Shares of Exxon Mobil (NYSE:XOM) have been beaten, battered and bruised. I don’t think it needs much highlighting to describe how painful of a ride it has been, with Exxon Mobil stock still down over 42% from its 2020 highs made on Jan 3.
Obviously, the decline in oil has been a major catalyst for the fall in Exxon Mobil. That goes for the fall in energy stocks across the board. From peak to trough, the commodity has lost more than half of its value, while the energy sector has been the worst-performing group in the S&P 500 year-to-date.
Not to bore too deep into the details, but at its low, XOM stock was down more than 57% from its 2020 highs and down 63% from its five-year high.
We have a unique situation driving energy stocks at the moment. As tensions grew between some of the world’s largest oil producers, crude oil was already under pressure. However, red flags were rising once the coronavirus began its rapid spread throughout China. With many regions and cities going under lockdown, demand from China fell.
Remember, oil is supply-demand driven. Meaning that, when supply goes higher, prices go lower. When demand goes higher, prices go higher. The opposite forms are true as well, and the market does its best to balance the supply-demand dynamic.
With demand around the world plummeting due to COVID-19, that’s been a big negative for crude oil prices. On top of that painful development, though, came an even worse development: a price war.
Tensions between Saudi Arabia and Russia boiled over, as producers began flooding the market with supply. Their goal was to break the backs of weaker and high-cost producers, taking back control of the oil market.
Crude oil began the year north of $60 per barrel, and recently plunged to $20. Reports are now out — mostly due to comments from President Trump — that OPEC may come back to the table to agree on a production cut, which will help level out the supply-demand dynamic. It gave a huge bump to crude prices on Thursday April 2, which climbed more than 24% in a record-setting session.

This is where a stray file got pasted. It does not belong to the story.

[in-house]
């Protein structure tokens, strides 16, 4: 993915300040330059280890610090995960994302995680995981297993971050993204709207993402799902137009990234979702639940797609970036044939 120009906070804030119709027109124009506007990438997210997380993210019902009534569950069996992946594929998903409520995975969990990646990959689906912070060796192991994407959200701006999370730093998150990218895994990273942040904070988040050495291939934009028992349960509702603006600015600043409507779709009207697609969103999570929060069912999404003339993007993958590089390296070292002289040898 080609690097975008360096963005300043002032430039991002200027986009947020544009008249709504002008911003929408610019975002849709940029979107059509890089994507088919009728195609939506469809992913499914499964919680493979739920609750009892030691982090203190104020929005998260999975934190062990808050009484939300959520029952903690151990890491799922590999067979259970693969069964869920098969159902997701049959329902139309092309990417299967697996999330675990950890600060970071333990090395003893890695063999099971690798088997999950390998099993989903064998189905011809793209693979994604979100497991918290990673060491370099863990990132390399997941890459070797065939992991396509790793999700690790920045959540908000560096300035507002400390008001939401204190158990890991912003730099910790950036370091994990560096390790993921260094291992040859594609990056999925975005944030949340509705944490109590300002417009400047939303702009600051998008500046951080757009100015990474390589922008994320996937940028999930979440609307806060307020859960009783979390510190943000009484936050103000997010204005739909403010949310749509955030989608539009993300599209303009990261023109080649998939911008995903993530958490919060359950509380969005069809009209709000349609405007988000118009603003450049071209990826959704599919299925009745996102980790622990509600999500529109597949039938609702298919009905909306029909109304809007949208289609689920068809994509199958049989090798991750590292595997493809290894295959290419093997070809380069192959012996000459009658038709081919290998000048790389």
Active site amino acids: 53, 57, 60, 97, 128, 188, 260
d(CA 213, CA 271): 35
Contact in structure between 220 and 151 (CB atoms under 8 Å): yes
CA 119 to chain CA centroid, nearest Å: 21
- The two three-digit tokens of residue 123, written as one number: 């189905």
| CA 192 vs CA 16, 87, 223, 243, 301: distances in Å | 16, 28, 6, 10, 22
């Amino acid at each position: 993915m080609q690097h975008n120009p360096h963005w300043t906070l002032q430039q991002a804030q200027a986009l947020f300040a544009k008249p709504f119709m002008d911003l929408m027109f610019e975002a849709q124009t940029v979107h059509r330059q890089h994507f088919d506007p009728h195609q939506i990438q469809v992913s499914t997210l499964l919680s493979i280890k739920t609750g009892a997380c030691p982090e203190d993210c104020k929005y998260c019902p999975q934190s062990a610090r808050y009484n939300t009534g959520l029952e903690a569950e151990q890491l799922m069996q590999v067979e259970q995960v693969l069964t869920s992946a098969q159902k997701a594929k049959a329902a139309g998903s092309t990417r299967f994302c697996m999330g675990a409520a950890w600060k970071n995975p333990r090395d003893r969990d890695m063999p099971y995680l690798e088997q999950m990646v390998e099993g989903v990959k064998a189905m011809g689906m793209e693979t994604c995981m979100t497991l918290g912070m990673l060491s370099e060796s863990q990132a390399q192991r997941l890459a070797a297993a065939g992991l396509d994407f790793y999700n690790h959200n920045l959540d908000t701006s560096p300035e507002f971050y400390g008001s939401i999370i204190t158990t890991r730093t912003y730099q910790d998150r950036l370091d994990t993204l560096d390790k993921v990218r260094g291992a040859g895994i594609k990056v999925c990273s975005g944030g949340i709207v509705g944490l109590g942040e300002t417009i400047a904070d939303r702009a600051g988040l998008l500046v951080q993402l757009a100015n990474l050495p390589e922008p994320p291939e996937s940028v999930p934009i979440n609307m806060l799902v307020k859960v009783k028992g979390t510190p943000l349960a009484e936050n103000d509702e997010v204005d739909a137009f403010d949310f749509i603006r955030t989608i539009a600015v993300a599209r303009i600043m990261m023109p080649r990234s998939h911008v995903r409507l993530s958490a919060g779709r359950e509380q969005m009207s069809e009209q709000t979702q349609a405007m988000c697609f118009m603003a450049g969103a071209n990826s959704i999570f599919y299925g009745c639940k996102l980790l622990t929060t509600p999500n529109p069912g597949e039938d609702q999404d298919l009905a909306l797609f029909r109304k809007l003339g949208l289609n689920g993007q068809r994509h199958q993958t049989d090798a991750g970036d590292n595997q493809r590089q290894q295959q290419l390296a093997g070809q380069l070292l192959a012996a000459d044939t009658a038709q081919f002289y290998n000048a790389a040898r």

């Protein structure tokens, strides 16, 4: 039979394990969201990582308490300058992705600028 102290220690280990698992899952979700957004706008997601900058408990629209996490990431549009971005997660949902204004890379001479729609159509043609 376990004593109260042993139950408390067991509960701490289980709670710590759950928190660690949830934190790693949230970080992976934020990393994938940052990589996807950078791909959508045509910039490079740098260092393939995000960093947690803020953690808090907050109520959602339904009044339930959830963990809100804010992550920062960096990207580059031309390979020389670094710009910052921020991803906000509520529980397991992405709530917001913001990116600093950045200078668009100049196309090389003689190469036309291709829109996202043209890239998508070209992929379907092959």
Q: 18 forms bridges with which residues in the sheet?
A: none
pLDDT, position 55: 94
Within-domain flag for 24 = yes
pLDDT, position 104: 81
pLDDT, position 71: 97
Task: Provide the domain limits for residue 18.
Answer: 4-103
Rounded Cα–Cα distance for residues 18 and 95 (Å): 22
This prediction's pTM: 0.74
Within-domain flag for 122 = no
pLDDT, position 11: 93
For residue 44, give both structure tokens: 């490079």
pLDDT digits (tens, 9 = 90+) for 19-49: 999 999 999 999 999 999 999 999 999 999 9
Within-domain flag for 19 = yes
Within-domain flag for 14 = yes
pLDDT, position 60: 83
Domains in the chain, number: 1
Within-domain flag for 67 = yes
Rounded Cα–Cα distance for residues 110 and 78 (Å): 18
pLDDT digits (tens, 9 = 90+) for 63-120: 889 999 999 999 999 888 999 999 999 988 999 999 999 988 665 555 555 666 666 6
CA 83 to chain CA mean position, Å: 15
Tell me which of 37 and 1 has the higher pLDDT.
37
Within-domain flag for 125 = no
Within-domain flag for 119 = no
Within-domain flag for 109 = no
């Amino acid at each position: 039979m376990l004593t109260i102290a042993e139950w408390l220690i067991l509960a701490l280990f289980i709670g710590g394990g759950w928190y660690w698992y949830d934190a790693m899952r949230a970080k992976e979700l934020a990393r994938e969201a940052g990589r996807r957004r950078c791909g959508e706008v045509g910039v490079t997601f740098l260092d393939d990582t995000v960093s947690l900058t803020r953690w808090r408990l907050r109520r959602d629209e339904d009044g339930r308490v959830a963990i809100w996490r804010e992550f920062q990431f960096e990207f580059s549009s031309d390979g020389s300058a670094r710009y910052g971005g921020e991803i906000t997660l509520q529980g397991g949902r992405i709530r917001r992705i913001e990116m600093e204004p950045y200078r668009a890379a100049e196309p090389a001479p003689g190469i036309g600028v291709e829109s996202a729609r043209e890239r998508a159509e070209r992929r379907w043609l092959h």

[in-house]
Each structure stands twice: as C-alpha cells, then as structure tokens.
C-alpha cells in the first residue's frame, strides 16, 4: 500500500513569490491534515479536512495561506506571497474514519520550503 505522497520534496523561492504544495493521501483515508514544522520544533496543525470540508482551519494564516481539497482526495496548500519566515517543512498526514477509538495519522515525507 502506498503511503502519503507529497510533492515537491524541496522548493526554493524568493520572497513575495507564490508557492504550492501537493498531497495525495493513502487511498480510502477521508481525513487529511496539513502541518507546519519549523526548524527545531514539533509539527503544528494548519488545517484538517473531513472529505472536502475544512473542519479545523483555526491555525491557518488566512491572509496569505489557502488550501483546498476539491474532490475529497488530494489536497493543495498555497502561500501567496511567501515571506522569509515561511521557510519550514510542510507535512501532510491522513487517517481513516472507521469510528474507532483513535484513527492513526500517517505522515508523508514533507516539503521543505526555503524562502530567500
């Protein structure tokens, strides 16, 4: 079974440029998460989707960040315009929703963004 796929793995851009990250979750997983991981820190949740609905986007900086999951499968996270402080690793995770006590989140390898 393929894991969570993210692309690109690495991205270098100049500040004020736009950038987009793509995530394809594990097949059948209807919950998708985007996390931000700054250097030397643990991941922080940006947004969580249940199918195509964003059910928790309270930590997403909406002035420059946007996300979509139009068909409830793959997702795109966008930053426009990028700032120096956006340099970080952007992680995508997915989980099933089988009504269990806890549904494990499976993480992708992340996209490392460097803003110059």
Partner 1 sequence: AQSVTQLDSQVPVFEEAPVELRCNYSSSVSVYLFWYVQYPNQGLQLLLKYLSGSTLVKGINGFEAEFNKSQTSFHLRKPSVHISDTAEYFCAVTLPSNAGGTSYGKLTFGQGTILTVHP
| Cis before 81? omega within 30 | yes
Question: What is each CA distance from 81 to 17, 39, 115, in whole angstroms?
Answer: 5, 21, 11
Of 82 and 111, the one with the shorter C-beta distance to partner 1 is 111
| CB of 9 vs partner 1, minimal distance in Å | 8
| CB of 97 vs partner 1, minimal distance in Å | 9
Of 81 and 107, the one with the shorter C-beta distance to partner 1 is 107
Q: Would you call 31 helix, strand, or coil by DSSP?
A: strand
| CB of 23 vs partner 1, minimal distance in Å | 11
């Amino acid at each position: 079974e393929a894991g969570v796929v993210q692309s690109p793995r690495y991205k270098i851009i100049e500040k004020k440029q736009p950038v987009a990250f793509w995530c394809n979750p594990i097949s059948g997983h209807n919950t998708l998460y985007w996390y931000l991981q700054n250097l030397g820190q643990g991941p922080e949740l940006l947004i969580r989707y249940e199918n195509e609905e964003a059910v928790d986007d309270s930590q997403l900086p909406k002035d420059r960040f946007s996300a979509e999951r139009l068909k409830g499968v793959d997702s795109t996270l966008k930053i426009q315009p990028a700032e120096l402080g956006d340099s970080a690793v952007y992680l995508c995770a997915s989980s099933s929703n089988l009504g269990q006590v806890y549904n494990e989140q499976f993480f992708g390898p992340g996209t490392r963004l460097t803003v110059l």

However, a failed agreement could very well send oil prices back down toward $20.
Fossil Fuel Isn’t Leaving
Despite all the lumpiness in the sector, investors should realize that fossil fuels aren’t going anywhere. While electric vehicles, solar power and other alternative sources will continue to grow, fossil fuels still have decades of use left in the tank, particularly at these prices.
For buyers, they will want to avoid the low-quality energy companies. For many, that means sticking to some of the biggest in the group, like Exxon Mobil stock, Chevron (NYSE:CVX), BP plc (NYSE:BP) and a few others.
Even though the share prices are down enormously, many of these names still present opportunity, assuming one’s investment horizon is long enough.
A Closer Look at Exxon Mobil Stock
Below is a 15-year monthly chart. There are no moving averages and the chart is adjusted for dividends.
We’re seeing a solid rebound in Exxon Mobil stock now but need to see it clear this $41 to $42 area. Above it puts $50-plus on the table. If it can’t reclaim the $41 to $42 area, or it does but fails to hold it as support, Exxon Mobil could retest its lows near $30.
If that’s the case, see that shares hold $26.50, should they fall that far. I know a lot of fundamentals investors don’t like technicals but blending the two could have prevented some big losses. Hindsight is 20/20, but once the $60 to $62 area gave way, technical investors knew more downside was in store (although likely not this much downside).
From here though, keep in mind that as goes oil, so goes Exxon Mobil stock.
At last count, Exxon had over $24 billion in long-term debt. However, total assets of $362.6 billion easily topped its total liabilities of $170.9 billion. That’s an overly simplistic way of looking at it. But investors who are looking to pick energy stocks will want to go with those that will still be around and avoid going belly up.
Investors who want to avoid single-stock risk and are looking for a more diversified play can consider the Energy Select Sector SPDR ETF (NYSEARCA:XLE). XOM stock is the top holding in the exchange-traded fund, weighing in at 21.8%. Chevron is the next largest, at 20.8%, as the two companies make up more than 42% of the ETF.